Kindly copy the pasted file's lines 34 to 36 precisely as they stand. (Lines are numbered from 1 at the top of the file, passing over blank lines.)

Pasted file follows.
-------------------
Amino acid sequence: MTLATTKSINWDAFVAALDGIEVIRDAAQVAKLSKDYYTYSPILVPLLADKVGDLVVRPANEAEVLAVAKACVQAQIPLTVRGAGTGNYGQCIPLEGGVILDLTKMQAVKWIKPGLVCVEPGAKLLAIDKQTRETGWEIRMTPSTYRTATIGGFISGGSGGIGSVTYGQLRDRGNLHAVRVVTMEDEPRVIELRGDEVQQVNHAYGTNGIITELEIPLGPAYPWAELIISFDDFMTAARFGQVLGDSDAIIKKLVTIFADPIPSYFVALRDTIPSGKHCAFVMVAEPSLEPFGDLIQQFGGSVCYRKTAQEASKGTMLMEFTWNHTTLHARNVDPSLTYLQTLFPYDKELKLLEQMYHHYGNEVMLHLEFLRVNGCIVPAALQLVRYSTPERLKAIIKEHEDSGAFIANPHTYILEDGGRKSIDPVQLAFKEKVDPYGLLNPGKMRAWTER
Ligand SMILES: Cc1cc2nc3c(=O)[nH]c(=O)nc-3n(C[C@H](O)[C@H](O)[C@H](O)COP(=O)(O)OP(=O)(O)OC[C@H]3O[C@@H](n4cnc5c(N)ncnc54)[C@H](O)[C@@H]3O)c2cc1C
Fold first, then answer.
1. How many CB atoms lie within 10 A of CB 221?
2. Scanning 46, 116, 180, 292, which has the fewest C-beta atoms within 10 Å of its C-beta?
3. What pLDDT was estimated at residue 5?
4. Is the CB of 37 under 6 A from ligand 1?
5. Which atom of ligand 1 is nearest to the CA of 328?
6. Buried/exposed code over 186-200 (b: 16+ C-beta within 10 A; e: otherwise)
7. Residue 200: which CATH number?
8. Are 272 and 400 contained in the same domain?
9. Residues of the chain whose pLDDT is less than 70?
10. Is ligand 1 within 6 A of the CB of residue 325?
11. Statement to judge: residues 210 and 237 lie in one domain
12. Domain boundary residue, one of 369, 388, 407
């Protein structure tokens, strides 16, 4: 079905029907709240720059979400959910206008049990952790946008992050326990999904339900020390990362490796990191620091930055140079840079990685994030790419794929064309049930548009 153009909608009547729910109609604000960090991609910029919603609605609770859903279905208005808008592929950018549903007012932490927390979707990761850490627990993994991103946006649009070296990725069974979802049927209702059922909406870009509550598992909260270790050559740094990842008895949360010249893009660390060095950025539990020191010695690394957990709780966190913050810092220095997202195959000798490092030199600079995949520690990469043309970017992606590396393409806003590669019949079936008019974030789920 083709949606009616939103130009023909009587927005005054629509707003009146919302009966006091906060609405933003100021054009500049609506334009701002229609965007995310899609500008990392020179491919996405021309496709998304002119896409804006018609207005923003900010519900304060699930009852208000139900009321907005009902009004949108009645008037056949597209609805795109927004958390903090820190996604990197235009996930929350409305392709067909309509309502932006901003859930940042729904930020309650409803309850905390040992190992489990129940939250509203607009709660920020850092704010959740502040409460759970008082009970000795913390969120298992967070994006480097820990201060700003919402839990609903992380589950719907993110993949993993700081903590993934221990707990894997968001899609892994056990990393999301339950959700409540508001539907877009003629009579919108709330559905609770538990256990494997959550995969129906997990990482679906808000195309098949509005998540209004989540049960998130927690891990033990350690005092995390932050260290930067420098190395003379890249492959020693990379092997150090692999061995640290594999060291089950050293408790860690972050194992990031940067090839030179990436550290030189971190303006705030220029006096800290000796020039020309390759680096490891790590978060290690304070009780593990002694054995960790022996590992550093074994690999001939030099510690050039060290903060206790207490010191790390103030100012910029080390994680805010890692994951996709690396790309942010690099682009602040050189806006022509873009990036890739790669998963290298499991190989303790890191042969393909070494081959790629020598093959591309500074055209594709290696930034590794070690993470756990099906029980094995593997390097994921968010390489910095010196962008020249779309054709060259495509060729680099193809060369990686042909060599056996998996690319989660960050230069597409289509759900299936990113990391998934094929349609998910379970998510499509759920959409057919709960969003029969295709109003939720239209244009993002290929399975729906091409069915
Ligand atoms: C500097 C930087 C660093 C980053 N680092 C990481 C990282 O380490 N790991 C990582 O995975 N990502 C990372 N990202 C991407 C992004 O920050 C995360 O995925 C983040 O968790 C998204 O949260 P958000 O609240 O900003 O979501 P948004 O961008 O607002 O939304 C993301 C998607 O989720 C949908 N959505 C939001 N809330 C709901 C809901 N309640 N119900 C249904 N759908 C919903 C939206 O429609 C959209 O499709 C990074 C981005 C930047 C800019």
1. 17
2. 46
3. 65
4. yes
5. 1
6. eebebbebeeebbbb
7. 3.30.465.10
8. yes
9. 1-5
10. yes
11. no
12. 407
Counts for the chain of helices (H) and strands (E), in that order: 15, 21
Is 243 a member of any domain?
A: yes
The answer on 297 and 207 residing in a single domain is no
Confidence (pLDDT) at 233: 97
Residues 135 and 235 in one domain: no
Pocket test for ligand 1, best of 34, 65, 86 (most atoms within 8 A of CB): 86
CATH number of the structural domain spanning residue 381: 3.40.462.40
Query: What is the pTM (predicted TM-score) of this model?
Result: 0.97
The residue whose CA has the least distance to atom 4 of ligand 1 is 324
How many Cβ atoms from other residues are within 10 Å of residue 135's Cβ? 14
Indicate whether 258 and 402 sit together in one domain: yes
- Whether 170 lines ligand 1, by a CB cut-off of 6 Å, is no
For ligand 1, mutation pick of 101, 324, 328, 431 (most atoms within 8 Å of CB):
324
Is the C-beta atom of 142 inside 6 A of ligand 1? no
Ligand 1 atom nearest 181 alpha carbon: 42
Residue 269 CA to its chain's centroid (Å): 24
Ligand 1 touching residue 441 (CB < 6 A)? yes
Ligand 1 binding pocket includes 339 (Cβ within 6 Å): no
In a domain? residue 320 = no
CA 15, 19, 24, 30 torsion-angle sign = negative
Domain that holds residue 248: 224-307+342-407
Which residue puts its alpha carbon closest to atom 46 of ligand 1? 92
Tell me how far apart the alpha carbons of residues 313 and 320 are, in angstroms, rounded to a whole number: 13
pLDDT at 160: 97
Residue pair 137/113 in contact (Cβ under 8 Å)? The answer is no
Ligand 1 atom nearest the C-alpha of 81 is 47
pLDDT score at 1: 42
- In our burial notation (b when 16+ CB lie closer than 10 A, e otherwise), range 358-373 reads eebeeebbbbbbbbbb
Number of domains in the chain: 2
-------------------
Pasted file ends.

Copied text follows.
Confidence (pLDDT) at 233: 97
Residues 135 and 235 in one domain: no
Pocket test for ligand 1, best of 34, 65, 86 (most atoms within 8 A of CB): 86